Radiation The pain may radiate in anatomically impossible ways, e.g. crossing anatomic borders such as dermatomes or the midline. AFP may extend to involve the temple, neck, or occipital region (the back of the head).
Associations There is a strong association with depression and anxiety. Sometimes other conditions may be associated, such as irritable bowel syndrome, neck pain, back pain, pelvic pain, fibromyalgia, subjective xerostomia (a dry mouth symptom with no identifiable cause), dysgeusia (bad taste), headaches, dysmenorrhea (excessive period pains), Chronic fatigue syndrome, or Dyspepsia.
Time course Pain is continuous throughout the day, or less commonly may be intermittent.
Exacerbating/Relieving factors No usual precipitating or relieving factors. Notably simple analgesics do not usually relieve the pain and there are no "trigger zones" (as with trigeminal neuralgia). Facial movements also do not usually trigger the pain. Stress can make the pain worse.
Severity The intensity is variable, but usually described (by clinicians) as moderate to severe, and may be as severe as trigeminal neuralgia (but the pain is of different character, especially with regards AFP usually being continuous rather than the paroxysmal pain seen in trigeminal neuralgia).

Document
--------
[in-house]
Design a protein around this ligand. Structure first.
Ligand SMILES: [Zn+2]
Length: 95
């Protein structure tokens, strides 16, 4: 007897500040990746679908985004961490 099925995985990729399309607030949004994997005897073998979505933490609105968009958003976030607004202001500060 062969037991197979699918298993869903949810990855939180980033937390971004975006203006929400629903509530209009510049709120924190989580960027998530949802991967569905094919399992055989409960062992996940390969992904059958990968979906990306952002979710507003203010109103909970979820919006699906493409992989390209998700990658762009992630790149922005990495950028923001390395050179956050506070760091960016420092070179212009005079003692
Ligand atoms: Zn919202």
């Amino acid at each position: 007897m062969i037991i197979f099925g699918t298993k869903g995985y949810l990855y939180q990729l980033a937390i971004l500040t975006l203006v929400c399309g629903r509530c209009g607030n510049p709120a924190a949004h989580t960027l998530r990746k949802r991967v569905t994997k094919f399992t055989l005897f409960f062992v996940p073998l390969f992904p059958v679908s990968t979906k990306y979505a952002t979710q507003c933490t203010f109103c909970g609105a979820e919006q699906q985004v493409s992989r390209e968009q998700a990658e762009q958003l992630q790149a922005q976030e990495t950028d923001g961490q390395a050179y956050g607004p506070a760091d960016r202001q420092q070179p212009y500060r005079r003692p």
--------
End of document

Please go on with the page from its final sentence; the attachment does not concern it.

Effect on sleep AFP does not usually wake people from sleep.
Previous treatment Possibly multiple failed attempts at previous medical and/or dental treatment, e.g. tooth extraction. Sometimes a treatment may provide temporary relief, only for the pain to return days or weeks later, or in a different part of the face.

Causes[edit]

Iatrogenic[edit]

Sometimes dental treatment or surgical procedures in the mouth appear to precede the onset of AFP, or sometimes persons with AFP will blame clinicians for their pain.[6]

Organic disease[edit]

Diagram of the divisions of the trigeminal nerve, the nerve which supplies sensation to the face.
Dermatomes of the head (paired on either side). Green- ophthalmic division, red- maxillary division, yellow- mandibular division.

Many persons with AFP blame organic disease for their pain.[6]

Research in individuals with AFP showed that there is increased cerebral activity (demonstrated during positron emission tomography), possibly suggesting that there is an overactive alerting mechanism to peripheral stimuli. It has been theorized that this can trigger neuropeptides to be released, and the formation of free radicals (capable of damaging cells), the release of eicosanoids (e.g. prostaglandins). There is some suggestion that AFP is an early form of trigeminal neuralgia.[6]